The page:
TYLER, Texas (KLTV) - Firefighters face danger every single day, but the number one danger comes as an unfortunate side effect of their work.

According to the Centers for Disease Control and Prevention, cancer is the number one killer of firefighters.

Lung, esophageal and stomach cancers are the most common types of cancers among firefighters today. Tyler Fire Marshal Paul Findley says he has seen it affect our firemen each year.

“What has been found in recent studies is that not only can we be diagnosed with cancer that we’ve gotten as a result of breathing in toxins, also if it gets in our eyes and also absorption, just getting on the skin,” Findley said.

That is why the Tyler Fire Department has taken cancer-reduction initiatives like purchasing new hoods that prevent the absorption of toxins, self-contained breathing apparatus, and new engine bays to infiltrate the air.

Although the problem continues after the fire as those carcinogens stick to their gear. Findley says four out of the ten Tyler fire stations have a washer extractor that thoroughly cleans personal protective equipment from the toxins.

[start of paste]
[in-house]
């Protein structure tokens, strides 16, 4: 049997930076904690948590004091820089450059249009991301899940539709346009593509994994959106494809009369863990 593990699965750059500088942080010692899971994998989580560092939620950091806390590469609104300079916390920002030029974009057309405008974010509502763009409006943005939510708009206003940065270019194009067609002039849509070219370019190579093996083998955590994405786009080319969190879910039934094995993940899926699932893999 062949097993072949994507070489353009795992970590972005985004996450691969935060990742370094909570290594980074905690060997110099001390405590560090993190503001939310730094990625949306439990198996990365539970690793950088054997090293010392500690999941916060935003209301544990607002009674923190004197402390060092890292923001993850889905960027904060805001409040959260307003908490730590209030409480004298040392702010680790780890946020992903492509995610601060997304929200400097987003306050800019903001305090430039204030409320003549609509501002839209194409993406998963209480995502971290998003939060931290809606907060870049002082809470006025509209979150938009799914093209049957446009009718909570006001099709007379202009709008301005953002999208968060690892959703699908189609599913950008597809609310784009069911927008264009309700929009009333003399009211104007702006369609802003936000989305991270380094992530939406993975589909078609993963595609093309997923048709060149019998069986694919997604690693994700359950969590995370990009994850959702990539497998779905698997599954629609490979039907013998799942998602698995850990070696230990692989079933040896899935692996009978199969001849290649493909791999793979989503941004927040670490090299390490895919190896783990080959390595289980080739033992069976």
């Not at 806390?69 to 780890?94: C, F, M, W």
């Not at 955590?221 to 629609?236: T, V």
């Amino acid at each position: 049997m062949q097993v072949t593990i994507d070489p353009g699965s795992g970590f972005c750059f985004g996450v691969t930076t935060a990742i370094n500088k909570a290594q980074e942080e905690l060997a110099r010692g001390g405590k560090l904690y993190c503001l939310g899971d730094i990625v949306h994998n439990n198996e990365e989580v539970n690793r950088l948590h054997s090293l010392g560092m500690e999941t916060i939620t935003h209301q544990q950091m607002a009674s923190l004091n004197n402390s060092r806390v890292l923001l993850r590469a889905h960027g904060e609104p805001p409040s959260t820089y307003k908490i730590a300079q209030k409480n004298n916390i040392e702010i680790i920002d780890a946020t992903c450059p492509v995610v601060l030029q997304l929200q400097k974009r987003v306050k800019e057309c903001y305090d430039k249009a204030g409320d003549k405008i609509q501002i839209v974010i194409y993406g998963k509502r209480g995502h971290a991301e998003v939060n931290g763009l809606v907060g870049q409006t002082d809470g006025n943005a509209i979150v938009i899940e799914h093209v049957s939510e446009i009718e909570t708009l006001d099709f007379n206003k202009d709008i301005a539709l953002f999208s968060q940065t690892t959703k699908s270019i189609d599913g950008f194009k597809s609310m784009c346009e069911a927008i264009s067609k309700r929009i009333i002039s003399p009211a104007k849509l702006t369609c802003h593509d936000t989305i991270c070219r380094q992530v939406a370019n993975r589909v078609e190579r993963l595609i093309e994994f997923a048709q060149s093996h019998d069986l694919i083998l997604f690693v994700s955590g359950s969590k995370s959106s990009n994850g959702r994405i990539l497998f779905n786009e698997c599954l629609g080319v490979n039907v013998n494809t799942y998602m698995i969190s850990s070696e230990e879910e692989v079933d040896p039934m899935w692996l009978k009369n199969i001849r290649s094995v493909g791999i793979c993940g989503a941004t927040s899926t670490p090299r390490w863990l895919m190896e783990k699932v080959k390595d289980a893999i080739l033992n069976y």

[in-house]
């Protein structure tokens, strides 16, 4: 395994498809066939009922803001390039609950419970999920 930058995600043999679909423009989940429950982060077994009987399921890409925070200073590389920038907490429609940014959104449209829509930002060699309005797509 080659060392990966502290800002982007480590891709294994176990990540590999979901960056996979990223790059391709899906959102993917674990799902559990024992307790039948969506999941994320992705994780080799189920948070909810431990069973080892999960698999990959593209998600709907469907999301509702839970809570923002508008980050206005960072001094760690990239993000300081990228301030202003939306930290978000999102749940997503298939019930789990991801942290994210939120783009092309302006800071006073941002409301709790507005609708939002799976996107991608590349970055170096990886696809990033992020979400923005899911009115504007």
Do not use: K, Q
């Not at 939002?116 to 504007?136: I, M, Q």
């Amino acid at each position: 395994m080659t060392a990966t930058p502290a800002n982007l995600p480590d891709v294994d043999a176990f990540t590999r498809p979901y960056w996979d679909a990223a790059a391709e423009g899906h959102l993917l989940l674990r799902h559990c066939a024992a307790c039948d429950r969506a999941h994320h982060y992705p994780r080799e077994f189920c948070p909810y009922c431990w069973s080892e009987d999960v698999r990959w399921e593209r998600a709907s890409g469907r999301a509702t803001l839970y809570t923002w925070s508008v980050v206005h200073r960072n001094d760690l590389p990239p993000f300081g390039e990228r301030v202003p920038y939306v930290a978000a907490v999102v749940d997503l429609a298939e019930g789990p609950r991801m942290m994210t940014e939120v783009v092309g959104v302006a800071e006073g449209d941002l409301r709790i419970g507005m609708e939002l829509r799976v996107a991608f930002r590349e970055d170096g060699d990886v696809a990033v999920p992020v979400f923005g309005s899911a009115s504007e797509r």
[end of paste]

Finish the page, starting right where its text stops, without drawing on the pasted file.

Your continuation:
Currently the stations that don’t have the washer have to go outside of their district to use it. This causes more exposure to toxins, and can potentially increase response times.

But just last week, Tyler City Council accepted a grant to fund the purchase of five additional extractors for every station.

“It’s obviously going to cut back on fuel costs as high as they are right now with trucks traveling across town to bring them. As well as keeping that truck in their district for the calls they have in their area, so a neighboring truck at one of our stations doesn’t have to come over to their district and cover a call.” said Randy Lee, Tyler Deputy Fire Marshal.

Findley says this will promote the health and safety of firefighters throughout their careers and hopefully reduce the risk of cancer.

“What we’re trying to do now is bring these newer firefighters up in a culture that it’s on their mind and so that 20 or 30 years down the road from now whenever they hit retirement, they can be healthy. We’re trying to move the needle in a positive way and i think we are.”

Findley says the commercial washer-extractors will be installed at each station in the next three to four months.

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